So you have gathered all your paperwork and are ready to send it in. Typically you have to fax all this stuff in with your account number written on every page. You usually have to update the things like bank statements and pay stubs as you get new ones.
Don’t be surprised but the first answer is usually – NO! (If the bank says yes please read section 4)
3) After The Bank Says NO: Don’t let this deter you. Ask for the specific reasons in writing. Ask for supervisors to explain what your options are. Ask what the review process is and tell them you want to be reconsidered. Unless they can tell you specifically that you do not qualify based on your income I would not accept no from this level at the bank. I would keep pushing until they refuse to consider your paperwork anymore. Sometimes they will cite the type of loan you got originally. Ask for this in writing so you can show it anyone else you may seek help from. You should assume that you will have to push and you will have to raise the stakes. Don’t lose your cool but be persistent in letting them know you want a solution.
If you get that final “no we won’t look at your file or try to help you any more” answer you should then try to get outside help. There is a non-profit organization that will help you with this process. NACA.com. Go to their website and see how the system works. Basically they negotiate with the banks to try and get you modified loans and reduced payments and interest rates. Since you will have all the paperwork together you can start their system right away. Again, this is not loads of fun but it can be done –I personally know multiple people who have received help, with great success, from NACA. You could start with NACA and skip trying to do it yourself but I do not think you should. As the banks customer you should trying asking for help from them directly first. Document your efforts – keep a small notebook with dates and times of calls made, faxes sent, answer received.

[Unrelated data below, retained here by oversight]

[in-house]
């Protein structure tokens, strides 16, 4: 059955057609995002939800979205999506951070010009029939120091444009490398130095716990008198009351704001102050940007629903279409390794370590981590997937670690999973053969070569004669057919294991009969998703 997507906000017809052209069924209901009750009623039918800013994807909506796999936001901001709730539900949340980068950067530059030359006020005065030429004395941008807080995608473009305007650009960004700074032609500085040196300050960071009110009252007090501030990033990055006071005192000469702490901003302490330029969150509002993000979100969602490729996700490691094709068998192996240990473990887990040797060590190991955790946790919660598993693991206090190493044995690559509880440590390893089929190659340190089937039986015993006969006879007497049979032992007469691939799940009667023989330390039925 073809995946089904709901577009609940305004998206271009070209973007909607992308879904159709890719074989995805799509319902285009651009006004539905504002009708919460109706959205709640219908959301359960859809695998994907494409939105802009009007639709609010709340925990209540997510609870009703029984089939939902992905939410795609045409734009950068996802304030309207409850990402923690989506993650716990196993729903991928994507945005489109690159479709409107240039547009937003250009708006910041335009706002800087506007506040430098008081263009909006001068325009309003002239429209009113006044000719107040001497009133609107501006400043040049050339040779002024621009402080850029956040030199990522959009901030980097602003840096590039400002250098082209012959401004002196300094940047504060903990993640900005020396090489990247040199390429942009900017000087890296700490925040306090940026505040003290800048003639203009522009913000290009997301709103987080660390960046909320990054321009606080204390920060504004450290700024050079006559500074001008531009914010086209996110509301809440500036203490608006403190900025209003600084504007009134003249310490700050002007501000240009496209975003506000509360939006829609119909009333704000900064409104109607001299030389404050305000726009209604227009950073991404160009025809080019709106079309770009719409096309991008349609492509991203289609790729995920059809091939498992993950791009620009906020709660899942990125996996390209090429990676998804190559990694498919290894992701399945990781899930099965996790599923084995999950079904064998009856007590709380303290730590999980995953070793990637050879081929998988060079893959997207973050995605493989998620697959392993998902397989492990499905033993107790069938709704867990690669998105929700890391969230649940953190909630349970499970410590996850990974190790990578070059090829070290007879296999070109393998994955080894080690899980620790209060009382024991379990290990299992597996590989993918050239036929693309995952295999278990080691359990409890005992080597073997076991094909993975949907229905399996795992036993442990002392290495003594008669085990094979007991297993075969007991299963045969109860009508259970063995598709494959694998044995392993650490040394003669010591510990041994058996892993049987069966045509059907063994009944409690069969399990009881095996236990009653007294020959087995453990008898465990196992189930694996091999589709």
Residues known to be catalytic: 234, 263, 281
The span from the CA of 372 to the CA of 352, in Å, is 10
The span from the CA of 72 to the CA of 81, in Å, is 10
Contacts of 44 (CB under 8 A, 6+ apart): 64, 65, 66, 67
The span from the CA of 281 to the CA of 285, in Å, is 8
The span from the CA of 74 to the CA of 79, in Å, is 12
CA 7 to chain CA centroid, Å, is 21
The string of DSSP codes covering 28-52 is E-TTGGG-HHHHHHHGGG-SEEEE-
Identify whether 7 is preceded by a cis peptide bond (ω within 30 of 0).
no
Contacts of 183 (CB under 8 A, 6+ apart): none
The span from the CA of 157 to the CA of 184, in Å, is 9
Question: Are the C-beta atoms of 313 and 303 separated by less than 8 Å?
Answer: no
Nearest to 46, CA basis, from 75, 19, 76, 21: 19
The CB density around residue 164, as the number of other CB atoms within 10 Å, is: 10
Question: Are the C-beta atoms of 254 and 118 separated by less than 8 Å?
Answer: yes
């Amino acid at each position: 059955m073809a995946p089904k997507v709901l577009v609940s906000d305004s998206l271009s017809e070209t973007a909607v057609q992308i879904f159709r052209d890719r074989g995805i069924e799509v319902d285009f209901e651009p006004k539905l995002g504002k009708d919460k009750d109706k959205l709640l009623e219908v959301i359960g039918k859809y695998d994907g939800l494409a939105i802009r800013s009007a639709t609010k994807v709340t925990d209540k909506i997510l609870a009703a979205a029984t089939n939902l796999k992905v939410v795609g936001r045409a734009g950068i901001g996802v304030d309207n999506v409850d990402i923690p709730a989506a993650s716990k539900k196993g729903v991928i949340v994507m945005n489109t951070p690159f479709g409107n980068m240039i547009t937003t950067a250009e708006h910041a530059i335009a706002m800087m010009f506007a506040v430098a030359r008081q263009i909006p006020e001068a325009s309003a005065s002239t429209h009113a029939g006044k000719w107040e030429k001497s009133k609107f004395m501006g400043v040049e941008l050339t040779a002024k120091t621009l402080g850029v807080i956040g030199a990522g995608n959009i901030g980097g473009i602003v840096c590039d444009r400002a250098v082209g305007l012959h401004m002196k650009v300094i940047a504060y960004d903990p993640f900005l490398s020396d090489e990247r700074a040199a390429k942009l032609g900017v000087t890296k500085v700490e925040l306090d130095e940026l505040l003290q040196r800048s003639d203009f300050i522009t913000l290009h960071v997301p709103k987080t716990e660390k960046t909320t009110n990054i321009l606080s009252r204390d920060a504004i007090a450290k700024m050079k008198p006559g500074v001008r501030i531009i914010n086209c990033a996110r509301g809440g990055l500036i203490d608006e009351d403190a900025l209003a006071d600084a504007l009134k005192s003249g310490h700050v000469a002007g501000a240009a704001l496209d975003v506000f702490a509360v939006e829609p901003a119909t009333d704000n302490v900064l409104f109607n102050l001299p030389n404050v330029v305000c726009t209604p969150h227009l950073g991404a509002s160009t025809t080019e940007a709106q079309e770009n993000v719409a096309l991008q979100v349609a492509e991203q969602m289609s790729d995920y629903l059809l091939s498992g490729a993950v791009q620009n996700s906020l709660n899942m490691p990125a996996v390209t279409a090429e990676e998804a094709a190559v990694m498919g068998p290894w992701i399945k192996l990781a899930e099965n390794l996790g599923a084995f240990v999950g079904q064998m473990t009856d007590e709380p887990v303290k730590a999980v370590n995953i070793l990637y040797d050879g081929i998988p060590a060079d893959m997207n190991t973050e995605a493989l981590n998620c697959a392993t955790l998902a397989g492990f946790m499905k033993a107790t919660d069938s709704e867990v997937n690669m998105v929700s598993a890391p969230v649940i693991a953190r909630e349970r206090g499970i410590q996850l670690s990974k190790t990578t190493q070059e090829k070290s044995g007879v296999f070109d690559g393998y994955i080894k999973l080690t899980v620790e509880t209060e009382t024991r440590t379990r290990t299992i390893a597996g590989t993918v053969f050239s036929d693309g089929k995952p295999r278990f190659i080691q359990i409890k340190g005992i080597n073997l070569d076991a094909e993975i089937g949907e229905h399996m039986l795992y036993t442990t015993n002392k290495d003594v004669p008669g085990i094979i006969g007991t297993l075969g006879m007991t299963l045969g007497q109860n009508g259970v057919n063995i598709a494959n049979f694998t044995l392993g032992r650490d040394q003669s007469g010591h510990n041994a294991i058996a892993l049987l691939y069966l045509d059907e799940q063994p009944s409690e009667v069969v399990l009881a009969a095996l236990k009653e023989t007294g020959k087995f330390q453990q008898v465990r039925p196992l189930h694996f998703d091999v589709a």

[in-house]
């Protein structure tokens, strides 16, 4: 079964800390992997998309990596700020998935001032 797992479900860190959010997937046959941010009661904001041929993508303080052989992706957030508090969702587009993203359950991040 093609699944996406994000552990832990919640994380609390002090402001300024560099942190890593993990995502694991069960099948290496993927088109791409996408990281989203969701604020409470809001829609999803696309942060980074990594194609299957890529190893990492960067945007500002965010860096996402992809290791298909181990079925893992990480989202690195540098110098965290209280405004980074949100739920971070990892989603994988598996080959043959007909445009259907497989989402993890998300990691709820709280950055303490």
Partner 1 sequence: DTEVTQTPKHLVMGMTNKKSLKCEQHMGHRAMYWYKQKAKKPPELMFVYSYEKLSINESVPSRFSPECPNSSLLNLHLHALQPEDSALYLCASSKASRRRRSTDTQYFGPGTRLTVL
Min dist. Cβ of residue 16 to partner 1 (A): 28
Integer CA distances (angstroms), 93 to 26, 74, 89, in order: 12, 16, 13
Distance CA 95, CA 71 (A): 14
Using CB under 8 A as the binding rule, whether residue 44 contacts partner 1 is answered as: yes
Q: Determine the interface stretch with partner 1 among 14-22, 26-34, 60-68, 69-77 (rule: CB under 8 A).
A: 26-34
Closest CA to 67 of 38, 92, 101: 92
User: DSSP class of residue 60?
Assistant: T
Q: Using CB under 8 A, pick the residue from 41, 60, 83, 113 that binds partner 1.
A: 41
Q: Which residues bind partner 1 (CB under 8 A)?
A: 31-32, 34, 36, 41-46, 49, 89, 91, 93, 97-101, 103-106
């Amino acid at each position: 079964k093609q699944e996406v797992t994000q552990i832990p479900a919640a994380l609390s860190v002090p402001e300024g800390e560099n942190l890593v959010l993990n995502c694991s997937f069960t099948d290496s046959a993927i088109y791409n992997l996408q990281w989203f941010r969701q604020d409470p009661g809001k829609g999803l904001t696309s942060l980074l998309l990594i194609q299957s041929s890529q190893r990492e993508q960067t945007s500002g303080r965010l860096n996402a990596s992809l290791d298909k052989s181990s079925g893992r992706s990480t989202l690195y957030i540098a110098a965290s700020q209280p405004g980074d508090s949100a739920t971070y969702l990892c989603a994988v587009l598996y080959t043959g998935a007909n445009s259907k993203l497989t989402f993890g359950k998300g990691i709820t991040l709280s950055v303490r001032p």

Lastly, if the Bank won’t help, if NACA says they can’t help you you can try two other routes. One is called a forensic Audit of your loan. There are firms out there who do this for about $3,000 – many are attorneys. They will examine your original loan for inconsistencies and help you go back against the bank to reset the terms based on faulty original paperwork. This is a very aggressive approach and you must be careful to avoid scam artists. Check out anyone you are thinking of hiring with the Better business Bureau and the Attorney Generals office in your state. The other option is an attorney. There are many attorneys now specializing in debt reduction –debt relief and bankruptcy. These would be a good place to start. Find one who will help you try to negotiate with the bank and any other creditor you may have to try and keep you in your home.
4) The Bank Said Yes! Hopefully you will get to a yes long before you consider a forensic audit or a attorney. So if the bank says yes read their terms very carefully. There are basically two types of yes answers. One is a temporary reduction of payment and/or interest rate that sets your monthly payment at a rate you can afford. The total amount of principal that you are not paying is often wrapped to the end of the loan – in other words you are not getting out of paying any amount due you are just putting it off. This is often called forbearance. A better version of this is a permanent reduction of interest rate (if your problem iis that your rate is too high) The second type, and less common one is the mortgage modification or principal reduction where your note is lowered by a cancellation of some of the debt. They are reducing the total amount due on the loan.
Staying in your home is well worth the effort you will have to make for most people. Don’t be discouraged and don’t fall for scam artists who say they will do all the work for you. No matter which route you take you will have to gather organize and prepare all the paperwork listed above that will be used to make the decision about your mortgage payments.
The programs available to help you and the banks willingness to help change constantly so keep asking questions. I believe that we are in a 10-15 month window of time where these programs and options are at their peak. After this window passes I think we will start back towards a market where many of these options for you as a homeowner will be phased out and no longer available. The time to act is now before they start disappearing.
If you know you cannot afford your home now or in the near future a short sale may be the answer for you. You can read more about short sales at PSagent.com